Editor's Note: Events are quickly changing on the ground in Iraq. An agreement has been signed between the US and Iraqi governments certifying a withdrawal by 2011, or so it seems. Meanwhile, Sunni-Shiia strife is beginning to turn violent again as Sunni politicians are targeted and the Sunni militias are once again being marginalized by the government. Of course, debate on Iraq is still ongoing among both candidates and their think-tank surrogates. As there is an increasing consensus on the need for withdrawal, the debate has shifted to the nature of future American interaction with Iraq. Charles Knight, co-director of the Project on Defense Alternatives, has emailed me an interesting criticism of the "conditional engagement" model favored by centrist think-tanks. Mr. Knight's piece is reprinted below.
This is the first of what hopefully will be a good series of guest posts on Rethinking Security. If you have something to say about security, email me with a post (2,000 words maximum) and a short biography at email@example.com. Any viewpoint is welcome, as long as it cogently argued and fair.
The Washington Independent reports that defense contractors are using the Georgia conflict as a means of selling weapons systems designed for conventional conflict, Edward Luttwak writes in the Sunday Telegraph that Georgia has "blown away soft power," and (as I mentioned before) Pat Lang uses the opportunity to make fun of 4th Generation Warfare. This will most likely also re-start the conventional vs. COIN debate going on in the military. And COIN detractors do have something to chew on–Charles Dunlap Jr., the tireless airpower advocate, is bound to pick up on the role that Russian air superiority played in routing Georgian forces and destroying Georgian industrial infrastructure. Others may focus on how little good the counterinsurgency training given to Georgia (and the light infantry formations that resulted) did against massed Russian armor and mechanized infantry.
Granted, the outcome was stacked against Georgia from the beginning either way. Even if Georgia had employed asymmetric tactics against Russia (blowing up Russian lines of supply and communications or targeting oil refineries) Putin was likely to respond the way he did in Chechnya–raze the whole place to the ground. So what does Georgia mean in terms of future war (and future Pentagon contracts)?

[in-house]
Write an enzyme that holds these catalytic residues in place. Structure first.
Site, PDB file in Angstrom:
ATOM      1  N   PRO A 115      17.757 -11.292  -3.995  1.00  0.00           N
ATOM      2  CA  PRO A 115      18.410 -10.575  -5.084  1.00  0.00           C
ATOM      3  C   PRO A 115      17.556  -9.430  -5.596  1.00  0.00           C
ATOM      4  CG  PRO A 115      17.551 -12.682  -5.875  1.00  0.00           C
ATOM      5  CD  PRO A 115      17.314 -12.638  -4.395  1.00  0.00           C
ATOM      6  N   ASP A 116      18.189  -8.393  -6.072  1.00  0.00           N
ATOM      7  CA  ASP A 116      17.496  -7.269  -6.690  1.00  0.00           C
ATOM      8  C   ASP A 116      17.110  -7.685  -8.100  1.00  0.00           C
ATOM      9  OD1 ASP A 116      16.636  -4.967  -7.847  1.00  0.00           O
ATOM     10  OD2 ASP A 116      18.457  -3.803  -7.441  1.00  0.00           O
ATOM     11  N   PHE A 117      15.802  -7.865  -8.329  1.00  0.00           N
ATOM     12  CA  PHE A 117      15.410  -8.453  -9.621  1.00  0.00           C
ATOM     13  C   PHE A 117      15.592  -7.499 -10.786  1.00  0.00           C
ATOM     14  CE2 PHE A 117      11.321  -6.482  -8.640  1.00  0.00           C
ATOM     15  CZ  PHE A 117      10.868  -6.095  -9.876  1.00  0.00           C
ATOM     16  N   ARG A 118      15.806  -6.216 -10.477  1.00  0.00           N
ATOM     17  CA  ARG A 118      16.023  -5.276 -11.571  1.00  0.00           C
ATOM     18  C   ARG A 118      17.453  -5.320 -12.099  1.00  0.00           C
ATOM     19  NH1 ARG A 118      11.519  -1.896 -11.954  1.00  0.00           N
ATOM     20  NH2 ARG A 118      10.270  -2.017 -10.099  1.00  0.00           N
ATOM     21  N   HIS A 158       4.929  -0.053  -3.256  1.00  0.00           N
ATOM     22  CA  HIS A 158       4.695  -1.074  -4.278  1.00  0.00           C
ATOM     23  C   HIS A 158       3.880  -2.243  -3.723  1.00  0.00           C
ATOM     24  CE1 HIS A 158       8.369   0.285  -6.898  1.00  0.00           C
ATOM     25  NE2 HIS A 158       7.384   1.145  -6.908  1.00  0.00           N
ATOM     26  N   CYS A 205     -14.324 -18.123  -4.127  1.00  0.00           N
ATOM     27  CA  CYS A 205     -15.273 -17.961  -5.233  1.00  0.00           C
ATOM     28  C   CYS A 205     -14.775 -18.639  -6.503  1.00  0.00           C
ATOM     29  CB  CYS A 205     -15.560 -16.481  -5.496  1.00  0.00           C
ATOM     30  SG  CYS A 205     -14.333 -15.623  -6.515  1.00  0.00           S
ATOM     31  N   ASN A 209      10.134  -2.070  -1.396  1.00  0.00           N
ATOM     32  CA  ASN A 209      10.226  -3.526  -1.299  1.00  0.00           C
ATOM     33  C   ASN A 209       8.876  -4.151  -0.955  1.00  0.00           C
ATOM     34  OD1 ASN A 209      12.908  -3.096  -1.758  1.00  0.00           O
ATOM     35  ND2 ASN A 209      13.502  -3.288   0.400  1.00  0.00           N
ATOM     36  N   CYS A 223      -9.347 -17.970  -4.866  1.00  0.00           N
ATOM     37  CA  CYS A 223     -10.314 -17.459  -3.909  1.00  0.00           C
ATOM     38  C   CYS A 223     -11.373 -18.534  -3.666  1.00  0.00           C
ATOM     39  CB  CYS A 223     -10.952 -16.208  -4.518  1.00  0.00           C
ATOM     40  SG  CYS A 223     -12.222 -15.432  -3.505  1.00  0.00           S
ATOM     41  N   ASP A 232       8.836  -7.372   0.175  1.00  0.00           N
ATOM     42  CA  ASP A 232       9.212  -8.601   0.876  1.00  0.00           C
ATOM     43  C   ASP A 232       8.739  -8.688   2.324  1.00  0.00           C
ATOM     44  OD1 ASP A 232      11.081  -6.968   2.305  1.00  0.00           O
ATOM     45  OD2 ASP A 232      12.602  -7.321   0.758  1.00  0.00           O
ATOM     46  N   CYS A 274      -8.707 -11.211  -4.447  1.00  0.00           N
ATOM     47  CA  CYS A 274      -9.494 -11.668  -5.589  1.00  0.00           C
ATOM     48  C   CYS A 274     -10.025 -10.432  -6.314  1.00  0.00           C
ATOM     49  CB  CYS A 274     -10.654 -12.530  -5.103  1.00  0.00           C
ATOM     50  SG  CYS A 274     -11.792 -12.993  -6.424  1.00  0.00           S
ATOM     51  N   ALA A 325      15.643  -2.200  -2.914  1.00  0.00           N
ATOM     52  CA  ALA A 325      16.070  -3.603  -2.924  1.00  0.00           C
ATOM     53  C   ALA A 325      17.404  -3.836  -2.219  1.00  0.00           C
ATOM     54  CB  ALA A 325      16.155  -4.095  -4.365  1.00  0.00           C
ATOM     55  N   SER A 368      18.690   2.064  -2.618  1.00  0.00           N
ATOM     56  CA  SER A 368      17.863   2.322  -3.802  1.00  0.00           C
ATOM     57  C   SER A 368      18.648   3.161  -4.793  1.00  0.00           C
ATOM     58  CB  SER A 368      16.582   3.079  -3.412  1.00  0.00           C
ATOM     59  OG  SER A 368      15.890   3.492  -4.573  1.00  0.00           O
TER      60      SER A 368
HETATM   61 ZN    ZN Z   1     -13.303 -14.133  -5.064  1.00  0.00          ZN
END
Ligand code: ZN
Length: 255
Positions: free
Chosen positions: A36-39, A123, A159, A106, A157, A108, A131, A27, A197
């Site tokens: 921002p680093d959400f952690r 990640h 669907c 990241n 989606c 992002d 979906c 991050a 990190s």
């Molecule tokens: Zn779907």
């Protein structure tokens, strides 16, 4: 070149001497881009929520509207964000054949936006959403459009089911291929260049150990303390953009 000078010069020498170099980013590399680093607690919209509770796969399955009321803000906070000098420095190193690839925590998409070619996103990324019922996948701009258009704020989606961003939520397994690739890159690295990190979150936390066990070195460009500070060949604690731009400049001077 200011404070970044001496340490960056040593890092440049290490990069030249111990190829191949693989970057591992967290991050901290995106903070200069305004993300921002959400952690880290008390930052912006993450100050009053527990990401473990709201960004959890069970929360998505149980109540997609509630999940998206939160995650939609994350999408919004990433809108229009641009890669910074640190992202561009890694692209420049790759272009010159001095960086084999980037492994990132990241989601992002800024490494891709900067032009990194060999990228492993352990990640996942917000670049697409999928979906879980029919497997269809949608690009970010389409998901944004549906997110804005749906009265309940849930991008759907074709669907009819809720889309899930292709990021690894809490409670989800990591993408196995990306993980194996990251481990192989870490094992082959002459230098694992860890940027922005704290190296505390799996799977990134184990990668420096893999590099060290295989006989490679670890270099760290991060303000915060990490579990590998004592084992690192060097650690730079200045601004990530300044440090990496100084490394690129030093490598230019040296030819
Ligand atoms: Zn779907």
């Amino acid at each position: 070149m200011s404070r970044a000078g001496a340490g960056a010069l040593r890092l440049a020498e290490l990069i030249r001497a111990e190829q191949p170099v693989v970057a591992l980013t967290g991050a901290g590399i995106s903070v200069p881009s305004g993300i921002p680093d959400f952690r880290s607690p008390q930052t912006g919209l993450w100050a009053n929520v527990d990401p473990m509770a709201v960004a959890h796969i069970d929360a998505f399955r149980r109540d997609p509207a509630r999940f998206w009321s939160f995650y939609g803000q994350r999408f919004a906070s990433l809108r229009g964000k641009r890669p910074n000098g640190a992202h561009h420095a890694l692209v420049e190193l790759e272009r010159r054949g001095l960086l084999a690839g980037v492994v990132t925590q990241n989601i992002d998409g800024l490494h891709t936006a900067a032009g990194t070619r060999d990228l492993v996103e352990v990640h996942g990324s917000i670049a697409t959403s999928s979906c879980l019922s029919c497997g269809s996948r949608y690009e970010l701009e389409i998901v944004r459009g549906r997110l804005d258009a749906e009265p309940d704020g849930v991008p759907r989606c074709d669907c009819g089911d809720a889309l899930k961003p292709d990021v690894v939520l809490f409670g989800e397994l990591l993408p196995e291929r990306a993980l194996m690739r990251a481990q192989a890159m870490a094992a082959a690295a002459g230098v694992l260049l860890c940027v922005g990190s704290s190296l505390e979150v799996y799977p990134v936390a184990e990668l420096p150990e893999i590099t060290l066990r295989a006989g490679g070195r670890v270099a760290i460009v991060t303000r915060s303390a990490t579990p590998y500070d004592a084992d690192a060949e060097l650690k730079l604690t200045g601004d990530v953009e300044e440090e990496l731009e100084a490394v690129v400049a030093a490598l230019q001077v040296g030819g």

First, I think it is necessary to dispense with the notion that COIN and conventional warfare is an "either-or" proposition. In Georgia, we saw compound warfare (irregulars w/ conventional forces), a tactic that confounded Napoleon in the Peninsular War. Frank Hoffman's "Hybrid Wars," discussed in detail here, is an update of sorts on this strategic principle. Both conventional and irregular skills are going to be needed. How to integrate both without creating a faulty, one-size-fits all force (see "Army After Next" for a discussion of how this went wrong) is a legitimate (and difficult) question.
Additionally, talk about force structure and training seems wholly divorced from a conception of American grand strategy. The armed forces must support and carry out American strategic aims. Granted, the enemy gets a vote, as the hoary cliche goes. We don't want to build a force that will be wholly useless on a modern battlefield. But the kind of force that we are building should be based on what is necessary to support broader political goals, and the choice of those goals are important. Military thinkers such as Brian McAllister Linn and Colin S. Gray emphasize again and again that Americans excel at creating doctrines and strategies that are hermetically isolated from larger political, economic, and social factors. From the Jomini-loving luminaries of the post-civil war period (Dennis Hart Mahan and Henry Halleck of 19th century West Point) to the Blade Runner dreams of the Revolution in Military Affairs (RMA) there is a belief that conflict can be navigated with scientific principles separate from larger, messy, and above all human intangibles.
We still don't have a good idea of what we want our grand strategy to be. If we do, its counter-terrorism (a tactical and operational doctrine) transposed to the level of grand strategy. And without a strong view of what we want to accomplish in the future, our national security decisions will be decided by institutional pressures or interest groups. This is why the current election is so important–for better or worse, Barack Obama and John McCain offer two compelling (and radically different) views about America's place in the world in a time of great epochal change in all dimensions (political, social, military, technological, economic). As the old knight said in Indiana Jones and the Last Crusade (the last good Indiana Jones movie) choose wisely.
New published piece : a look at organized crime's undermining of the Mexican state (and the consequences for our security) in the Small Wars Journal.